the use of puppetry to enrich the story of the Candyman and of Cabrini-Green is indicative of the nature of storytelling within tight-knit communities. Every time a story or a piece of lore is bought into the narrative, we are met with that pale white background and black shadows roaming across it. Like many folktales and urban legends that are shared generationally through the oral tradition, the use of shadow puppets, with maestro-like hands that we can see throughout the film is indicative of the fact that these stories morph and change as time goes on. The ownership of them is of a community, not of one person, and that’s what truly allows Candyman to continue to be iconic, even after a 29-year break between films. To be able to make the intangible fear and folklore tangible through literal pieces of paper is an extremely impressive feat. Making that feat even more impressive, and speaking to DaCosta’s ability as an auteur filmmaker, is that this feat is compounded with her using the tried and true tools of the horror genre as a tool

to discuss the cyclical nature of trauma. Starting subtly, we watch the characters muse about gentrification, white supremacy, the over-policing of disenfranchised communities, and how art affects these worlds. These musings at the opening of the narrative bud into the roots of what this film truly is about, the trauma imbedded in history, and how unless unpacked and resolved, it will continue to repeat itself and destroy everything around it. Even without the fantastic puppet work, we see this theme play itself out in Anthony’s Bee Sting being ignored until his actual hand is cut off, Colman Domingo’s character of William Burke being both a worker in a laundromat and delivering the iconic monologue about the stain on the community, which goes as follows:


“When something leaves a stain, even if you wash it out, it’s still there. You can feel it.

Uh, uh... a thinning, deep in the fabric. This neighborhood got caught in a loop. The shit got stained in the exact same spot over and over until it finally rotted from the inside out! They tore down our homes so they could move back in. We need Candyman, ‘cause this time, he’ll be killing their fathers, their babies, their sisters. I knew it was only a mat- ter of time before the baby came back here in perfect symmetry. A chance for Candyman to take back what’s rightfully his.”

We see black folks put a name to their traumas, reckon with their history, racial or otherwise, and begin to unpack the emotions that come with that.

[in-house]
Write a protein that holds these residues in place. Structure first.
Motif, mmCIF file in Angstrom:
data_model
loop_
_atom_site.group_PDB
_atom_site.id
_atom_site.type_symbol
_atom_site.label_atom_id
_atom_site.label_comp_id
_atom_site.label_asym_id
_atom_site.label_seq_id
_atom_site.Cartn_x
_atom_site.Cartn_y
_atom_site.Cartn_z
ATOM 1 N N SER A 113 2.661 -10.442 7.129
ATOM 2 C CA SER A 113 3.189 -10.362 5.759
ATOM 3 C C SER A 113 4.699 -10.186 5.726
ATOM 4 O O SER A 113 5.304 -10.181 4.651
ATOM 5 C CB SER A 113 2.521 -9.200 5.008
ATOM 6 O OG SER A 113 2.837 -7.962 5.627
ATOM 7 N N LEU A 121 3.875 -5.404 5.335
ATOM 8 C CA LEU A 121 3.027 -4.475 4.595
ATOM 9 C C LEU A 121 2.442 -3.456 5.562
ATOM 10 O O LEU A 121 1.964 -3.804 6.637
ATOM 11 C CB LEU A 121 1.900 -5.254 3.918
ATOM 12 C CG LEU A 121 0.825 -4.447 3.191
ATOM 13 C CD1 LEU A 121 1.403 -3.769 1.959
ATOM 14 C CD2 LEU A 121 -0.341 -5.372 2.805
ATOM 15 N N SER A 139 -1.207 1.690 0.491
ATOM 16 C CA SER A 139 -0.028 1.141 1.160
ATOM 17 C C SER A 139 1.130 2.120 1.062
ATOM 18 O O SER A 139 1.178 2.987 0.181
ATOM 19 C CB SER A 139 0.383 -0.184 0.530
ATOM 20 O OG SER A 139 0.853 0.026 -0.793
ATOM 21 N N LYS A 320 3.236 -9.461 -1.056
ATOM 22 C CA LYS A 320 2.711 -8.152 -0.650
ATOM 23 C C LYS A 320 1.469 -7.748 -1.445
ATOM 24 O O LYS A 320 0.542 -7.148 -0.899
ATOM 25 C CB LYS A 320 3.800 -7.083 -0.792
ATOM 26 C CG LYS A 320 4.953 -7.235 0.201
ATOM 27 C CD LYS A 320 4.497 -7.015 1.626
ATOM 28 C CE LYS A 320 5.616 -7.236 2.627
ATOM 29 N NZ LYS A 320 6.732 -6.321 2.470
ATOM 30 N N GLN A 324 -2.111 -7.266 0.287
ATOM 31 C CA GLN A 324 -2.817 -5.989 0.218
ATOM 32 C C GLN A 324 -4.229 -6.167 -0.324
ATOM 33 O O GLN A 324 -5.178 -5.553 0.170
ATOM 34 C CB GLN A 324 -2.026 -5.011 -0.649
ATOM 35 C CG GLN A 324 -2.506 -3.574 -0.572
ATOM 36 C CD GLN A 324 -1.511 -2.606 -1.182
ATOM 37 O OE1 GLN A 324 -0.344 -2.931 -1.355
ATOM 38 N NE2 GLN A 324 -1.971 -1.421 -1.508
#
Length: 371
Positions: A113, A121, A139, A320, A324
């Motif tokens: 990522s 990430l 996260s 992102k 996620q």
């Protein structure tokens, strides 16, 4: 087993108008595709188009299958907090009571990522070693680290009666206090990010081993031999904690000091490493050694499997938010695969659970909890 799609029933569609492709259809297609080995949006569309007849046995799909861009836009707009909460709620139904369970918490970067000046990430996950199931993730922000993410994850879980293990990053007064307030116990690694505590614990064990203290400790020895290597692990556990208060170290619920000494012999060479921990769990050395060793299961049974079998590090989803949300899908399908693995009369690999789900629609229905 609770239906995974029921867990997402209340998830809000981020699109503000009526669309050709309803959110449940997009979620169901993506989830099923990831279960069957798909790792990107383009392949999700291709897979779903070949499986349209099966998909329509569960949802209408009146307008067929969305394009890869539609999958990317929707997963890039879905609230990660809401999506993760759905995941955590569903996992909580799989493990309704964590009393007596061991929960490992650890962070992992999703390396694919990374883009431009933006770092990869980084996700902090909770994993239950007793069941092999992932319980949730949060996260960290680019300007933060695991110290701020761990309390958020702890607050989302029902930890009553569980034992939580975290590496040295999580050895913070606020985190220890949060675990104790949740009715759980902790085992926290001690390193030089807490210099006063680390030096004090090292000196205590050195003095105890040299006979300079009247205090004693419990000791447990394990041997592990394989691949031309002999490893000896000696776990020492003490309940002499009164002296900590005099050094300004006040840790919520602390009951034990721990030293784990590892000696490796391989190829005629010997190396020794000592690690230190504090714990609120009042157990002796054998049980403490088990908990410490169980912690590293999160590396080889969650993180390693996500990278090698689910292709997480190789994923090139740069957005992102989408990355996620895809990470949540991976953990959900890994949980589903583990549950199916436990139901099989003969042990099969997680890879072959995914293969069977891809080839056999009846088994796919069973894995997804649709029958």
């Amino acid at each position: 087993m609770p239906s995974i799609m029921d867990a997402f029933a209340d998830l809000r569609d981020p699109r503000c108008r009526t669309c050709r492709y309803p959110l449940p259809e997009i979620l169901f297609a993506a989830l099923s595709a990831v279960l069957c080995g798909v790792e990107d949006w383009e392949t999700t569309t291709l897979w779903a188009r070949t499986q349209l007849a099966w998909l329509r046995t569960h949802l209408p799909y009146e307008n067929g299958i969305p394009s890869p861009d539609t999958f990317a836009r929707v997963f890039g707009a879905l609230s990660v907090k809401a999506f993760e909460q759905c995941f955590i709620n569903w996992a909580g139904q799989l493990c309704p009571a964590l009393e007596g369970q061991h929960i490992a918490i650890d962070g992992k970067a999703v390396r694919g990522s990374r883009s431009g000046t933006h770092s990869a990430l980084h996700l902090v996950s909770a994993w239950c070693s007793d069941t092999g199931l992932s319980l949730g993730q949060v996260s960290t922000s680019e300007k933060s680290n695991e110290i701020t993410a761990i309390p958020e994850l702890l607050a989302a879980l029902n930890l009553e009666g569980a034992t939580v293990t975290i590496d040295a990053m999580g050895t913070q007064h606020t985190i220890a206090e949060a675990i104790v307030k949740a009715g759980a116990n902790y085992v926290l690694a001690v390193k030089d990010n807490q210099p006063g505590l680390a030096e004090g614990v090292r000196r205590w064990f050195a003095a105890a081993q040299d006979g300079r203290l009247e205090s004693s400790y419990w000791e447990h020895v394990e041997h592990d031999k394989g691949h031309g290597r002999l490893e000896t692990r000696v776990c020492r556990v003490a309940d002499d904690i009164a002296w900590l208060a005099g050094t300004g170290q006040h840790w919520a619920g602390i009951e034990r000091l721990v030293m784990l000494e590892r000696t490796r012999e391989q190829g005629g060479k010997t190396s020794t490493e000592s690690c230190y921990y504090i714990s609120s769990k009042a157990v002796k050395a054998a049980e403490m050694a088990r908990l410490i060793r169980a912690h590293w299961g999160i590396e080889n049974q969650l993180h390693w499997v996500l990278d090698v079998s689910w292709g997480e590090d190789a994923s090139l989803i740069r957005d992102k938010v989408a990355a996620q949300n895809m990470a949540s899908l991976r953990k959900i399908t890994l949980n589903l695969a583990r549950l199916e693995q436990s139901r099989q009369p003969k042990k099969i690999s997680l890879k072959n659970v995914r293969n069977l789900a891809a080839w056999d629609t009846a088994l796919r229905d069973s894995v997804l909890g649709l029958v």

This monologue, placed near the end of the film, brings us back to the point previously mentioned. If not dealt with, the trauma of the past will come back to haunt and physically harm us. This concept isn’t new, however. In most waves of “Black film,” not just the horror genre, we see black folks put a name to their traumas, reckon with their history, racial or otherwise, and begin to unpack the emotions that come with that. In these dealings with trauma, it is often marginalized groups who have to find and create their own spaces to make sense of their history.


No one better than Black Women can make sense of these concepts, as supported by ‘Black Women as Cultural Readers’, written by Jacquline Bobo. She states “When a person comes to view a film, he/she does not leave his/her histories, whether social, cultural, economic, racial, or sexual at the door. An audience from a marginalized group has an oppositional stance as they partici- pate in mainstream media.” (p. 96). In this context, the viewer of a film like Candyman, which was largely viewed by a Black audience, was able to

see a humanizing iteration of traumas likely felt within their own communities, all directed by a member of their community (DaCosta).


This point can be made again through the b-plot of the story. Teyonah Parris’ character, Brianna Cartwright, the partner to our lead, Anthony, has a plethora of trauma coming into the film and leaves with more as we head out. Having witnessed the suicide of her artist father (who presumably was mentally ill) at an extremely young age and choosing not to deal with that trauma as an adult and now working art dealer, she has doomed herself to repeat the cycle with Anthony as she is left stuck to watch his mental descent until his death. This fact, compounded with Anthony’s death being at the hands of racist police violence, stamps another moment where traumas of the past, in this case, the trauma of police being historically violent with Black folk, are indicative of issues not worked through coming back to haunt us. Unresolved trauma and history will always leave a stain that can’t be washed out or ignored. The stain will grow until that’s all we’re able to see.



These concepts discussed by Nia DaCosta throughout the film are part of a framework that many Black creatives have long since taken hold of to use for their own stories. Jordan Peele says it best in the foreword of the anthology series ‘Out There Screaming’ that he edited, “I view horror as a catharsis through entertainment. It’s a way to work through your deepest pain and fear–but for Black people that isn’t possible, and for many years wasn’t pos- sible, without the stories being told in the first place.” Having an outlet to share your experi- ence and not be further traumatized by it, was not a privilege people of the African Diaspora often had. With works of what we now call Black Horror, we are able to make greater sense of our experiences and release ourselves from the grip they have on us.


This idea isn’t exclusive to Black Auteurs but has consistently shown itself in the work. Horror has always displayed the fears and anxieties of a people, but Black Horror specifically uses the medium to make sense of what plagues our nightmares.